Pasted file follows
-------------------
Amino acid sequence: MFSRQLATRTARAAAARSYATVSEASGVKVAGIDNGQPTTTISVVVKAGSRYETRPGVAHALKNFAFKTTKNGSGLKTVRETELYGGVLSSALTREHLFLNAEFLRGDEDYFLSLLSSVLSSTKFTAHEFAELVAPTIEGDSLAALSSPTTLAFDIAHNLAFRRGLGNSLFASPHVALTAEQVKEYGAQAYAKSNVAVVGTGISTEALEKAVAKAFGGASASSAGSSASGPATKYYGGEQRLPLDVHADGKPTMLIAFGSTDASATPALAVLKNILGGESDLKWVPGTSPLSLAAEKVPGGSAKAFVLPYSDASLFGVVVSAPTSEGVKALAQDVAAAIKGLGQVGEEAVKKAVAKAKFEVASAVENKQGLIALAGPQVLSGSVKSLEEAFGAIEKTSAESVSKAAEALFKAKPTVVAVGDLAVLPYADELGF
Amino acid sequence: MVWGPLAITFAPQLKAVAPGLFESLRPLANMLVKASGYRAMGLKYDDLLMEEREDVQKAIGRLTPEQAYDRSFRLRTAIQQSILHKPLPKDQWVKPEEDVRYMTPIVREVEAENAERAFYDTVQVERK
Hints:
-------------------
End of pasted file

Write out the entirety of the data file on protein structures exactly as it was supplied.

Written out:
Amino acid sequence: MFSRQLATRTARAAAARSYATVSEASGVKVAGIDNGQPTTTISVVVKAGSRYETRPGVAHALKNFAFKTTKNGSGLKTVRETELYGGVLSSALTREHLFLNAEFLRGDEDYFLSLLSSVLSSTKFTAHEFAELVAPTIEGDSLAALSSPTTLAFDIAHNLAFRRGLGNSLFASPHVALTAEQVKEYGAQAYAKSNVAVVGTGISTEALEKAVAKAFGGASASSAGSSASGPATKYYGGEQRLPLDVHADGKPTMLIAFGSTDASATPALAVLKNILGGESDLKWVPGTSPLSLAAEKVPGGSAKAFVLPYSDASLFGVVVSAPTSEGVKALAQDVAAAIKGLGQVGEEAVKKAVAKAKFEVASAVENKQGLIALAGPQVLSGSVKSLEEAFGAIEKTSAESVSKAAEALFKAKPTVVAVGDLAVLPYADELGF
Amino acid sequence: MVWGPLAITFAPQLKAVAPGLFESLRPLANMLVKASGYRAMGLKYDDLLMEEREDVQKAIGRLTPEQAYDRSFRLRTAIQQSILHKPLPKDQWVKPEEDVRYMTPIVREVEAENAERAFYDTVQVERK
Hints: